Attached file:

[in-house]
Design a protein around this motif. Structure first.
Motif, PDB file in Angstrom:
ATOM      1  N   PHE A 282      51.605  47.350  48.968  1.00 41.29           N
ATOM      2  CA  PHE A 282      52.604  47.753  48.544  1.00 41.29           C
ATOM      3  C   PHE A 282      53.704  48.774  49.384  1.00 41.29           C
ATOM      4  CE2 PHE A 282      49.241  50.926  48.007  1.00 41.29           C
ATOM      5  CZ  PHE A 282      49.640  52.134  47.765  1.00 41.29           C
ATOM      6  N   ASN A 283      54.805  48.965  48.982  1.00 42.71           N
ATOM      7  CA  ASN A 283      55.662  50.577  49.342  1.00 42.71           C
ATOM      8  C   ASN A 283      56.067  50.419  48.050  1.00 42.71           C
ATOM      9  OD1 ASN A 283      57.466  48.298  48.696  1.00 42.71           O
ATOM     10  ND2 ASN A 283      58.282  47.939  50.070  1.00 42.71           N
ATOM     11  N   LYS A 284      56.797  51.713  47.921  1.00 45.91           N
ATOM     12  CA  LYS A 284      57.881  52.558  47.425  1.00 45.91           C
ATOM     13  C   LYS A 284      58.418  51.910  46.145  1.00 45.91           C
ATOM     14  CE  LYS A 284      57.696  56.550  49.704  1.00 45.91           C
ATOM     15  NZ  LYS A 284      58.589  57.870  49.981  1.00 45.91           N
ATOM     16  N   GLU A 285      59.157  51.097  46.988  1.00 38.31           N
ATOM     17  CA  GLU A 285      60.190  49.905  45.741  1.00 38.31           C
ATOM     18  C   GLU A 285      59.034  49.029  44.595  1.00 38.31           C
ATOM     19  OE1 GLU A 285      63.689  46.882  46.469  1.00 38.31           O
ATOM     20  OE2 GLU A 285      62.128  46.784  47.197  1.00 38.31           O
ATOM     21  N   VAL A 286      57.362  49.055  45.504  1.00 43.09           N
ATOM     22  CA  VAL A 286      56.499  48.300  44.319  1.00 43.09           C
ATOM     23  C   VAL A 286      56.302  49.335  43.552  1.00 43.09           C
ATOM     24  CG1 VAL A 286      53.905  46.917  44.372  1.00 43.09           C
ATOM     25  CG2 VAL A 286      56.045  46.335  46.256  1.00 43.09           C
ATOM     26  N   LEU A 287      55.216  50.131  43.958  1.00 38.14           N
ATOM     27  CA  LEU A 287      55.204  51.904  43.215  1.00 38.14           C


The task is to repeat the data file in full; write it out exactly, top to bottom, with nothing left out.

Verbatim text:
[in-house]
Design a protein around this motif. Structure first.
Motif, PDB file in Angstrom:
ATOM      1  N   PHE A 282      51.605  47.350  48.968  1.00 41.29           N
ATOM      2  CA  PHE A 282      52.604  47.753  48.544  1.00 41.29           C
ATOM      3  C   PHE A 282      53.704  48.774  49.384  1.00 41.29           C
ATOM      4  CE2 PHE A 282      49.241  50.926  48.007  1.00 41.29           C
ATOM      5  CZ  PHE A 282      49.640  52.134  47.765  1.00 41.29           C
ATOM      6  N   ASN A 283      54.805  48.965  48.982  1.00 42.71           N
ATOM      7  CA  ASN A 283      55.662  50.577  49.342  1.00 42.71           C
ATOM      8  C   ASN A 283      56.067  50.419  48.050  1.00 42.71           C
ATOM      9  OD1 ASN A 283      57.466  48.298  48.696  1.00 42.71           O
ATOM     10  ND2 ASN A 283      58.282  47.939  50.070  1.00 42.71           N
ATOM     11  N   LYS A 284      56.797  51.713  47.921  1.00 45.91           N
ATOM     12  CA  LYS A 284      57.881  52.558  47.425  1.00 45.91           C
ATOM     13  C   LYS A 284      58.418  51.910  46.145  1.00 45.91           C
ATOM     14  CE  LYS A 284      57.696  56.550  49.704  1.00 45.91           C
ATOM     15  NZ  LYS A 284      58.589  57.870  49.981  1.00 45.91           N
ATOM     16  N   GLU A 285      59.157  51.097  46.988  1.00 38.31           N
ATOM     17  CA  GLU A 285      60.190  49.905  45.741  1.00 38.31           C
ATOM     18  C   GLU A 285      59.034  49.029  44.595  1.00 38.31           C
ATOM     19  OE1 GLU A 285      63.689  46.882  46.469  1.00 38.31           O
ATOM     20  OE2 GLU A 285      62.128  46.784  47.197  1.00 38.31           O
ATOM     21  N   VAL A 286      57.362  49.055  45.504  1.00 43.09           N
ATOM     22  CA  VAL A 286      56.499  48.300  44.319  1.00 43.09           C
ATOM     23  C   VAL A 286      56.302  49.335  43.552  1.00 43.09           C
ATOM     24  CG1 VAL A 286      53.905  46.917  44.372  1.00 43.09           C
ATOM     25  CG2 VAL A 286      56.045  46.335  46.256  1.00 43.09           C
ATOM     26  N   LEU A 287      55.216  50.131  43.958  1.00 38.14           N
ATOM     27  CA  LEU A 287      55.204  51.904  43.215  1.00 38.14           C